“It’s important once a patient is able to get out of bed that they leave the room, which can enhance their energy and motivation,” she says.
Playing music also enhances co-ordination. “Holding and playing a variety of different instruments — textures, weights, whether the instrument has a handle — helped in the development of fine and gross motor skills and in improving his grasp.”
Surgery can weaken a person’s ability to take big, full breaths, so singing and using wind instruments are effective interventions.
“Singing was the next step, rhythmic breathing, blowing into wind instruments.”
Keegan used a recorder to practise long breaths and short breaths, then progressed to singing different sounds, “open vowels, the consonants — and now he’s singing full songs with lyrics.”
Because he’s made such progress in the past couple of months, the music therapist currently sees Keegan on an outpatient basis through the rehabilitation unit. They will continue to work together for as long as he is an outpatient.
“He still spends the days in hospital for his (regular) treatment program, and goes home at night.”
Before the surgery, Keegan was involved in music both at school and privately. His mother, Kelly, says he will likely stick with the music after he’s discharged.
“I’m enjoying it a lot,” Keegan agrees, adding “I played guitar for a couple of years before and I gave it up.”
So it seems the therapy has also rekindled his interest.
Kelly sits in on the music therapy sessions with her son.
“I get to observe Keegan’s progress — and I enjoy the music. Susan has adapted the program to his needs,” she points out. “In surgery the program was quite different, so it’s very flexible. When he was on the fourth floor (surgery) and in a different state of health, the music relaxed him and me — and not only him and me. A hush would fall over the entire floor when Susan started playing. The whole floor would become relaxed and calm. It was very neat to see. The session would come to an end and we’d all have to snap out of it.”
Kelly says Keegan is given a lot of creative control, autonomy and expression in the program, “which is good for his mental state. He chooses what he wants to play and it complements the other therapies he’s involved in at the Janeway.”
When she finished up a Music degree at Memorial University, LeMessurier Quinn went on to pursue a bachelor of music therapy, and five years later a master’s degree at Wilfred Laurier University in Ontario.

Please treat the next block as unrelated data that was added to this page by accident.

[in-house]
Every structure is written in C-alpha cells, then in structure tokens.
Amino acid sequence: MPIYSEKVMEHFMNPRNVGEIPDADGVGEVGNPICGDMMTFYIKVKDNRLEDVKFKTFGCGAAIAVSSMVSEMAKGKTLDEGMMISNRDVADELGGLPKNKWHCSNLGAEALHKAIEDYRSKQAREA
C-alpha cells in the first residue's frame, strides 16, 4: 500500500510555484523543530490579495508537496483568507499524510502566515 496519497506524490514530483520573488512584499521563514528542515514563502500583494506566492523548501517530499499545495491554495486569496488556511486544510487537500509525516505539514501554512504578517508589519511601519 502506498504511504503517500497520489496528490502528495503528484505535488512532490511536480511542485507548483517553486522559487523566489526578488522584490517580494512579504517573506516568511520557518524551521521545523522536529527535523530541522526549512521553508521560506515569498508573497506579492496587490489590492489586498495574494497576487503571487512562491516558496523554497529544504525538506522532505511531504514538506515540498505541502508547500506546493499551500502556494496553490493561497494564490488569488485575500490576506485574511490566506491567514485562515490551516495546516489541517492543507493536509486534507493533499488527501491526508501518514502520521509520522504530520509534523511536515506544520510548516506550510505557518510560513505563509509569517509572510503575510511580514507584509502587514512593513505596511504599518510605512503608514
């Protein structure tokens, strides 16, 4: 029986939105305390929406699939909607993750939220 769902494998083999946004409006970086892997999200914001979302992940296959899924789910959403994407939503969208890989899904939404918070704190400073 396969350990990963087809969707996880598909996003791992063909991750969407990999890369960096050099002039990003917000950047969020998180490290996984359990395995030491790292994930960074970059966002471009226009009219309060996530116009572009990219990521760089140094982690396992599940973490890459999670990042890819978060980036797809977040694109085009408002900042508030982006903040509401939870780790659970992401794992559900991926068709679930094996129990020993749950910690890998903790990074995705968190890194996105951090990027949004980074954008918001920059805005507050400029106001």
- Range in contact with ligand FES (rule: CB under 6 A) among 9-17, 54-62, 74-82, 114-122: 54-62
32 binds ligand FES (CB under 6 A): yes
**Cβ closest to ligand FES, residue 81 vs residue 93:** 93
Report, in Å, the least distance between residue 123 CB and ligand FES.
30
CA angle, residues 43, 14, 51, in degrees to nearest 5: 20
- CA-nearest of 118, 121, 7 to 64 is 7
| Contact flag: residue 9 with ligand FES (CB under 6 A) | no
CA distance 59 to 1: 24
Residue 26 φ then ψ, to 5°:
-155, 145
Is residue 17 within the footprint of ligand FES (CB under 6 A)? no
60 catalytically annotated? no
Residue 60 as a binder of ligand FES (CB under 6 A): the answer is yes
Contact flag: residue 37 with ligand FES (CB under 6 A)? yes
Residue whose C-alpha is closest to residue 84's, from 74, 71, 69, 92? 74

She spent 12 years in Ontario, working as a music therapist, some of that time in private practice, some as an instructor at Wilfred Laurier University.
But she always knew she would return to Newfoundland.
During her days as a music student at Memorial University, she did some volunteer work on a musical program at the Janeway. The experience stuck with her.
“My volunteer experience was so amazing there. It gave me the opportunity to see how important music is for patients and their families. When I began exploring music therapy I learned about the therapeutic benefits and the goals that can be achieved and realized that’s what I wanted to do.
“I always had it in the back of my mind to come back and do a program at the Janeway, but I wanted to get as much training as I could first.”
She returned in 2008 and through a six-month grant implemented a pilot program at the Janeway.
That program has been able to continue through support from the Janeway Auxiliary.
“They found out about the benefits and have funded the program since. They are an amazing group. They’ve been funding the program for two years and have approved funding for next year.”
That news is music to Kelly’s ears.
“It’s been a very positive experience, not only for Keegan, but for me,” she says. “I’m constantly seeing big improvements in his progress every week. It’s contributed a lot to his well-being from Day 1.”